Center Pivot Irrigation (Natural Color) - Landsat 8
Have you looked at images like these and wondered what the circles are? In this case, they are the irrigated lands of southwest Washington state. These kinds circular structure are formed through “center pivot irrigation,” which involves equipment rotating around a pivot to water crops with sprinklers. Since the water sprinkles in a circular fashion, this creates circular patterns in crops when viewed from above.
Center pivot irrigation has lower labor costs and helps reduce water runoff and soil erosion. These wonderful circular patterns can be viewed from above though satellite images.
The data used to build these images were captured by Landsat 8 on August 13, 2019, then downloaded and processed in ArcGIS on August 20, 2019. Landsat 8 is the most recent satellite in the Landsat program (Landsat 9 will launch in December 2020). Landsat 8 has provided some truly stunning images of the Earth’s surface since its launch on February 11, 2013.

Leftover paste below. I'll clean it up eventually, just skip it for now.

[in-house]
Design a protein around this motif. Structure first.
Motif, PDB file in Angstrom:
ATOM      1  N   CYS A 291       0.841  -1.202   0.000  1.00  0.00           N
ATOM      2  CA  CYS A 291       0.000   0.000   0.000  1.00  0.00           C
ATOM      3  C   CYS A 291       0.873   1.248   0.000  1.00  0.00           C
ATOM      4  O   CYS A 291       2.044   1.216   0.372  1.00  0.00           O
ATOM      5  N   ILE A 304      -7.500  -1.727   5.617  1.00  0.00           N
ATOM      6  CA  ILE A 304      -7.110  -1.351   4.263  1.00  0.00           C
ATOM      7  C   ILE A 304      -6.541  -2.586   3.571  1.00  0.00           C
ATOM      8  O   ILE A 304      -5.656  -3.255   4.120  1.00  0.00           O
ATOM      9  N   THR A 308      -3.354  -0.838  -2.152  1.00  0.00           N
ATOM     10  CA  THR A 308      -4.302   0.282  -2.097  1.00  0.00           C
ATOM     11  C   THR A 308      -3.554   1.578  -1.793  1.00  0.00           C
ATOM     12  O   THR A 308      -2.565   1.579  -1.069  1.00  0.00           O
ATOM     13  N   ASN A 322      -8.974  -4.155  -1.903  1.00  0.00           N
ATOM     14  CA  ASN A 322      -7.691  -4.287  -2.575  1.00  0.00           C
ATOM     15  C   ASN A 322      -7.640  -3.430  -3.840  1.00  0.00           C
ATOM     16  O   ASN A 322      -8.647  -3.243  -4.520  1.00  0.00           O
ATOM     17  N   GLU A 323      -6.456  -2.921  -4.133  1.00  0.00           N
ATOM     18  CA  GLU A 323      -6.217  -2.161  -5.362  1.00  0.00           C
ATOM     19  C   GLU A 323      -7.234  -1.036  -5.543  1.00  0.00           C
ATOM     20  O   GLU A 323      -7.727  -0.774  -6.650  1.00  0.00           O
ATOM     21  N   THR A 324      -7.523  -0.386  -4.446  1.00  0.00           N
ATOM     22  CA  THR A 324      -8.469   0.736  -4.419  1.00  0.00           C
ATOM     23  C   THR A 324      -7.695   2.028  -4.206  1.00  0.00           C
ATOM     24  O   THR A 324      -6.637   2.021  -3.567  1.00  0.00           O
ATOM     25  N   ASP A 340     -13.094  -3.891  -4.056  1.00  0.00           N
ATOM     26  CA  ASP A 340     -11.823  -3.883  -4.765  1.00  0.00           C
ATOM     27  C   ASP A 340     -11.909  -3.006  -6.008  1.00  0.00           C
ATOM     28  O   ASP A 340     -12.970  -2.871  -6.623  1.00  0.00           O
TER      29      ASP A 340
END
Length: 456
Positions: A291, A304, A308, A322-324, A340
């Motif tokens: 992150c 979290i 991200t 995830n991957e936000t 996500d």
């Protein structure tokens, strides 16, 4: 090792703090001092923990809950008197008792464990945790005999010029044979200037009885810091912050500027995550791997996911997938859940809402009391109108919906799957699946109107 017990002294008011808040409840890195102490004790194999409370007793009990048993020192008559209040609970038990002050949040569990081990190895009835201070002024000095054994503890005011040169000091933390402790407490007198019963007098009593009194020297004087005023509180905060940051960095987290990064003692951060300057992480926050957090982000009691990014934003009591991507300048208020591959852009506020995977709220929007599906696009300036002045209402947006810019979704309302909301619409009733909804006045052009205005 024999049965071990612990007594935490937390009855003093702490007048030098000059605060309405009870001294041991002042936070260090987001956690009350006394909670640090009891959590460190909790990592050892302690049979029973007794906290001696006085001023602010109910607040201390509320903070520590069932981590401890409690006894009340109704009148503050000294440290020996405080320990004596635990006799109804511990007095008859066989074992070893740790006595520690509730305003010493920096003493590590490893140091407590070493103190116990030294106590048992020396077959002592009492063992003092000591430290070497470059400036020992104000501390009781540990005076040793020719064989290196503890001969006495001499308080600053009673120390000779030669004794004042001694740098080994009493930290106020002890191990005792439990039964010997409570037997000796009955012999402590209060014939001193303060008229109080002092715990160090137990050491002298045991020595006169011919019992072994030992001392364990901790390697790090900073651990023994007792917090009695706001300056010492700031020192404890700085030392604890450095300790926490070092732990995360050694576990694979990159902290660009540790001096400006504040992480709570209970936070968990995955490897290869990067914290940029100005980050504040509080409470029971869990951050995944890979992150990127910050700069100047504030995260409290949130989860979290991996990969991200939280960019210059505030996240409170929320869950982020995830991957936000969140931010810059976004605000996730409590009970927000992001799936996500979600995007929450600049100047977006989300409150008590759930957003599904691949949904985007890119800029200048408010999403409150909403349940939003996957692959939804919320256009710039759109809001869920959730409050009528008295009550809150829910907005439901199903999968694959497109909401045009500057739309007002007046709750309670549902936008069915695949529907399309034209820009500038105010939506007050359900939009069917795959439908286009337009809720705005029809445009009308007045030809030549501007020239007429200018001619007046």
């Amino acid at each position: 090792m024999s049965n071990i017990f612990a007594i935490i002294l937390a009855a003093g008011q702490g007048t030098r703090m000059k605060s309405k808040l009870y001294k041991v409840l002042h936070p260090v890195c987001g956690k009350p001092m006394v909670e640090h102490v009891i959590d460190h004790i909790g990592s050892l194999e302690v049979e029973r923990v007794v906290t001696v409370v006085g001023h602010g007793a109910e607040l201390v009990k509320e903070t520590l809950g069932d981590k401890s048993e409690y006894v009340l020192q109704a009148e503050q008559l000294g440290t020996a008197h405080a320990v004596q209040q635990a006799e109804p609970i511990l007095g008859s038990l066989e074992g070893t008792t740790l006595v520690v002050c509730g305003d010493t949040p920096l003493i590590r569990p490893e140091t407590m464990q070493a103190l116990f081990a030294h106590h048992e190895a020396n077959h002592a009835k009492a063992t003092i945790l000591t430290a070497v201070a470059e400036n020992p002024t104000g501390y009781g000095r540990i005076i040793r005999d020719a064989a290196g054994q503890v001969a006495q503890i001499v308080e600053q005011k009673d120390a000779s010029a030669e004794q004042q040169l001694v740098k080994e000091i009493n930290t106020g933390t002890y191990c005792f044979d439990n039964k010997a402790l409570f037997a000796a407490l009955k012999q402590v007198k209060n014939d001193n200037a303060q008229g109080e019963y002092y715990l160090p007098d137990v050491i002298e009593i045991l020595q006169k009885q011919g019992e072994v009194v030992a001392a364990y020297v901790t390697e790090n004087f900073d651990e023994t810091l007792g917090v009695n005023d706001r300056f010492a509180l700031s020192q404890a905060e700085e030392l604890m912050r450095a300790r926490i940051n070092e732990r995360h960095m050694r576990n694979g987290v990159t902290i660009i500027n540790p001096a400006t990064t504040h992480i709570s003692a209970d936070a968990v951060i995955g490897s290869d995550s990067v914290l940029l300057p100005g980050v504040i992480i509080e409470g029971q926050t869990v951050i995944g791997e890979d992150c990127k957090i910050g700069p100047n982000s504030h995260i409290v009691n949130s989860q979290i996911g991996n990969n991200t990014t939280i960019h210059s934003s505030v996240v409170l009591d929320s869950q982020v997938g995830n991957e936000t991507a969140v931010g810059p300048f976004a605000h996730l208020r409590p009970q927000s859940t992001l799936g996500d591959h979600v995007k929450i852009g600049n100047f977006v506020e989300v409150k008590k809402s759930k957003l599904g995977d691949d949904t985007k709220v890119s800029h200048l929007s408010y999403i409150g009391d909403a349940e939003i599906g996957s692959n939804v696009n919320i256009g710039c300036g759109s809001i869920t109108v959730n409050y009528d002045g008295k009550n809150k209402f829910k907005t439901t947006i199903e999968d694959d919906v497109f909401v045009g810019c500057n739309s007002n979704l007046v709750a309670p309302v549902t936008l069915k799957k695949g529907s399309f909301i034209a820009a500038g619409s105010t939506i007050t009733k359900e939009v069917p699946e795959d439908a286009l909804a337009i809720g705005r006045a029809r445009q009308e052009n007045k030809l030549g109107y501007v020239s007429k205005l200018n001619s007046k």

The Operational Land Imager (OLI) onboard Landsat 8 has nine bands that capture the spectral response at 30-meter resolution. Additionally, the satellite’s Thermal Infrared Sensor (TIRS) sensor collects information at two discrete wavelengths within the thermal infrared portion of the electromagnetic spectrum at 100-meter resolution. These wavelengths combine at specific range to form bands.
The 11 bands of Landsat 8 can be combined in different ways to produce unique maps. This image uses bands 4, 3, and 2 to produce a natural color image.